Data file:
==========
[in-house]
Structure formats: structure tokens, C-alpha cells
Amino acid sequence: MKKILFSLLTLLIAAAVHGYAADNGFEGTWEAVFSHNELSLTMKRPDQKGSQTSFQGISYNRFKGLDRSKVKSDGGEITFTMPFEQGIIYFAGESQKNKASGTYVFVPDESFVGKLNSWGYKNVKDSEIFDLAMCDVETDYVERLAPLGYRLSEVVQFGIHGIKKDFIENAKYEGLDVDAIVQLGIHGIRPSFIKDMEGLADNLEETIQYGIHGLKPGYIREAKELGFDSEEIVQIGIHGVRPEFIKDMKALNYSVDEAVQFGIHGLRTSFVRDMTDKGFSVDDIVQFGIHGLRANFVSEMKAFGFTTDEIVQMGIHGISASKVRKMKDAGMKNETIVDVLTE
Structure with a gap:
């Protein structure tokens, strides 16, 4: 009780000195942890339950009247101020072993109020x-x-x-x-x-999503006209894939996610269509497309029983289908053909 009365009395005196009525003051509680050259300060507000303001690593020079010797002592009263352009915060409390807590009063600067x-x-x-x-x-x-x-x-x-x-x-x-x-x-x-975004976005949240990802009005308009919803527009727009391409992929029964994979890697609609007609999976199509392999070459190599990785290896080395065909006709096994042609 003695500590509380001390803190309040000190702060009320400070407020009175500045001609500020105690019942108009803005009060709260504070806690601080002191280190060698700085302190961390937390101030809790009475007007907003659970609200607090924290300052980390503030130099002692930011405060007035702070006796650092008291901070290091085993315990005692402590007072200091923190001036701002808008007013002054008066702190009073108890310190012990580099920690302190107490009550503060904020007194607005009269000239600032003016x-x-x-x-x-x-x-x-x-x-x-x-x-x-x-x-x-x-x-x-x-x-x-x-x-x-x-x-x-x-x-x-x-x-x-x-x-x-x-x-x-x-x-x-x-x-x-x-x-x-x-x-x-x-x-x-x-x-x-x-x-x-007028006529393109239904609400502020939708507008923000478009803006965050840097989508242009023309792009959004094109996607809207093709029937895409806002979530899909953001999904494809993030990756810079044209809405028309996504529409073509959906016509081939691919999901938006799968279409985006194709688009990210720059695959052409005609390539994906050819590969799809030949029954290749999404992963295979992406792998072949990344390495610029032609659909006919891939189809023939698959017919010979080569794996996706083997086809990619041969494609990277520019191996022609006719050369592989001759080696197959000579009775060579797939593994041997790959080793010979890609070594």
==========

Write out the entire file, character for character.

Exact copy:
[in-house]
Structure formats: structure tokens, C-alpha cells
Amino acid sequence: MKKILFSLLTLLIAAAVHGYAADNGFEGTWEAVFSHNELSLTMKRPDQKGSQTSFQGISYNRFKGLDRSKVKSDGGEITFTMPFEQGIIYFAGESQKNKASGTYVFVPDESFVGKLNSWGYKNVKDSEIFDLAMCDVETDYVERLAPLGYRLSEVVQFGIHGIKKDFIENAKYEGLDVDAIVQLGIHGIRPSFIKDMEGLADNLEETIQYGIHGLKPGYIREAKELGFDSEEIVQIGIHGVRPEFIKDMKALNYSVDEAVQFGIHGLRTSFVRDMTDKGFSVDDIVQFGIHGLRANFVSEMKAFGFTTDEIVQMGIHGISASKVRKMKDAGMKNETIVDVLTE
Structure with a gap:
């Protein structure tokens, strides 16, 4: 009780000195942890339950009247101020072993109020x-x-x-x-x-999503006209894939996610269509497309029983289908053909 009365009395005196009525003051509680050259300060507000303001690593020079010797002592009263352009915060409390807590009063600067x-x-x-x-x-x-x-x-x-x-x-x-x-x-x-975004976005949240990802009005308009919803527009727009391409992929029964994979890697609609007609999976199509392999070459190599990785290896080395065909006709096994042609 003695500590509380001390803190309040000190702060009320400070407020009175500045001609500020105690019942108009803005009060709260504070806690601080002191280190060698700085302190961390937390101030809790009475007007907003659970609200607090924290300052980390503030130099002692930011405060007035702070006796650092008291901070290091085993315990005692402590007072200091923190001036701002808008007013002054008066702190009073108890310190012990580099920690302190107490009550503060904020007194607005009269000239600032003016x-x-x-x-x-x-x-x-x-x-x-x-x-x-x-x-x-x-x-x-x-x-x-x-x-x-x-x-x-x-x-x-x-x-x-x-x-x-x-x-x-x-x-x-x-x-x-x-x-x-x-x-x-x-x-x-x-x-x-x-x-x-007028006529393109239904609400502020939708507008923000478009803006965050840097989508242009023309792009959004094109996607809207093709029937895409806002979530899909953001999904494809993030990756810079044209809405028309996504529409073509959906016509081939691919999901938006799968279409985006194709688009990210720059695959052409005609390539994906050819590969799809030949029954290749999404992963295979992406792998072949990344390495610029032609659909006919891939189809023939698959017919010979080569794996996706083997086809990619041969494609990277520019191996022609006719050369592989001759080696197959000579009775060579797939593994041997790959080793010979890609070594």